Shortly after my consecration John told me that he was moving to Ireland to become Rector of the Retreat house in Thurles. This was a trying time for me as I was forced to a change in the current set up of our monthly meetings, but John prepared me well and I realise that the journey I had undertaken was about my relationship with Christ not about my spiritual relationship with John. Just as he was leaving for Ireland we had a final meeting in Clerkenwell. I wanted to give John something as a gift but was stumped as to what it should be to show my gratitude for all he had done for me. At this time I had managed to lose the special ring I wore as a consecrated virgin in the form of a crucifix whilst gardening. So I bought a new ring to replace it. A few weeks after this I saw something shining in the grass cuttings. It was my ring!! However it was a mangled mess after doing battle with the lawn mower and not fit for purpose anymore! But then I had an inspiration which I am convinced came from the Holy Spirit. At our last meeting I presented this mangled mess as a special symbol and gift of our special friendship over the years. It may have been mangled and not fit for its original purpose but the gold that it still contained was still precious and valuable. It seemed to summarise what life was about. We are broken people mangled by our life of sin and the trials we face each day; but we are still regarded as precious and valuable in the eyes of the Lord no matter how mangled our lives may be. This is a lesson I had learnt from John over the years, to value and treasure the gift of myself as created by God himself.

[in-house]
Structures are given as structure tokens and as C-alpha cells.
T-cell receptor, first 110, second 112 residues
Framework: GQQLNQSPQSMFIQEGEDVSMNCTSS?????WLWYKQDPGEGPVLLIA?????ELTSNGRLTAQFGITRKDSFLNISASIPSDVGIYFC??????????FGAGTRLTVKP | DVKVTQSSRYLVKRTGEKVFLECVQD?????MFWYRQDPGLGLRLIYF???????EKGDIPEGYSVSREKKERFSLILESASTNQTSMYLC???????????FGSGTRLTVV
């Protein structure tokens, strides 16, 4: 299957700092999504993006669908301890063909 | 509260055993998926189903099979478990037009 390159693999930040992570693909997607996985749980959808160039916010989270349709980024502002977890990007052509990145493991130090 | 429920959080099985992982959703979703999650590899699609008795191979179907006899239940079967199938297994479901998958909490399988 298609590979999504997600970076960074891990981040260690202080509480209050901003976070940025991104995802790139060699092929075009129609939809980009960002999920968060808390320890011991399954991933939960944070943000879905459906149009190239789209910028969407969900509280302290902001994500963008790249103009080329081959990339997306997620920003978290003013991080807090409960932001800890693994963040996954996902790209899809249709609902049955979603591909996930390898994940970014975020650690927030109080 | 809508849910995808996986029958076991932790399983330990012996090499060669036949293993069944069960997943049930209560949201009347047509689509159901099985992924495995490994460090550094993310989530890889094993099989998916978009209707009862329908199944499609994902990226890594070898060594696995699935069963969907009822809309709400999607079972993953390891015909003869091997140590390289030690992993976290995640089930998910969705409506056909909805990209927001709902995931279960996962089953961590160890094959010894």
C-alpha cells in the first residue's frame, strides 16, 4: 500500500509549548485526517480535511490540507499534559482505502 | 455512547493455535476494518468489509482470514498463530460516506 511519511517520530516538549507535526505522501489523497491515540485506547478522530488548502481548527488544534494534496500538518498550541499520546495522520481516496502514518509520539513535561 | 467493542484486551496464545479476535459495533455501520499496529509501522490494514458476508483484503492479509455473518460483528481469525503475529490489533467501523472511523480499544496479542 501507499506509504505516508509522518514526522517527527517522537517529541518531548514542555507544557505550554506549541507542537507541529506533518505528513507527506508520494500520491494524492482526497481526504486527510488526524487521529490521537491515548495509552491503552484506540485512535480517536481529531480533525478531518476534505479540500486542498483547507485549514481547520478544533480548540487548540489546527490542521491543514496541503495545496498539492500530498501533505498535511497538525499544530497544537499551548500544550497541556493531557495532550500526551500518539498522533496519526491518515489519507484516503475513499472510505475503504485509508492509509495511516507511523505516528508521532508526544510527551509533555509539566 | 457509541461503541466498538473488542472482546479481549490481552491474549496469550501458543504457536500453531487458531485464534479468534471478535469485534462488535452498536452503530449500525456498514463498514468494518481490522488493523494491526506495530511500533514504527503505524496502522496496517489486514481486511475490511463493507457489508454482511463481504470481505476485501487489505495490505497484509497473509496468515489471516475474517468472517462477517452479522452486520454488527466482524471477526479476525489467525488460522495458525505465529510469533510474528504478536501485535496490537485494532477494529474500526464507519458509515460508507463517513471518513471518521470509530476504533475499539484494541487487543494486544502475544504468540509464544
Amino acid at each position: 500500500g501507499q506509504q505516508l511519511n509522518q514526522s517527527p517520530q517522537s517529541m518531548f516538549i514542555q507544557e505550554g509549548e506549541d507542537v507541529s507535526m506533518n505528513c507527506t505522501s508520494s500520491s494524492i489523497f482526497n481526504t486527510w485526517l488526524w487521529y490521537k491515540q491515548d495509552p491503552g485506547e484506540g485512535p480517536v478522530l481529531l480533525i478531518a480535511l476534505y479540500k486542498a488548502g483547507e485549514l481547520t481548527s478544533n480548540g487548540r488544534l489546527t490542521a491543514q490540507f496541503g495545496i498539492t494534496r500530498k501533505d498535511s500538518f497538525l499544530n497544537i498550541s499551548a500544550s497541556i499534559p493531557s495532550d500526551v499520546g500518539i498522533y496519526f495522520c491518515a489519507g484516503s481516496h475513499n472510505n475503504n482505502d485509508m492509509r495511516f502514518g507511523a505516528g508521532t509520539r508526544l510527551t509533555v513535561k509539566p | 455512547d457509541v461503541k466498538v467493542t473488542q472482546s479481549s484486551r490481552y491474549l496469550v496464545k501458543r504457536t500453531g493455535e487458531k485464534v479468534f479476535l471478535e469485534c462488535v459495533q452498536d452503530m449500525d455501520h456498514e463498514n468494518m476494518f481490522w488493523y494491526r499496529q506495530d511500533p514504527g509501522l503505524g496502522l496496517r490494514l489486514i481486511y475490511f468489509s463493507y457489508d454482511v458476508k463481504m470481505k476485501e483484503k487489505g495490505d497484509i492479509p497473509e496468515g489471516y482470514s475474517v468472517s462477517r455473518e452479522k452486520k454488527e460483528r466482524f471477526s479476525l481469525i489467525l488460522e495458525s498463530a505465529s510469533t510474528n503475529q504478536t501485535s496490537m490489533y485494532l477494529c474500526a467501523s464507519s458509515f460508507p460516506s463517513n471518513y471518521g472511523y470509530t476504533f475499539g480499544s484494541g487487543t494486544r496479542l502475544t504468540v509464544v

About a year after John moved to Ireland I received an invitation to come a stay in Thurles whilst I was visiting some friends in Dublin during my summer break. I decided to make a retreat with John as the retreat Master and stayed with him for 5 days. Imagine my deep surprise as John showed me a ring he was wearing on his finger looking like a double of my special consecration ring! He told me he was so touched by my gesture when he left England that he had had the ring repaired and now he wore it on his finger all the time. I welled up with emotion on hearing this. I had never imagined he would go to such trouble. The last time I saw John in December 2019 he was still proudly wearing this ring. It had become a symbol of our spiritual friendship.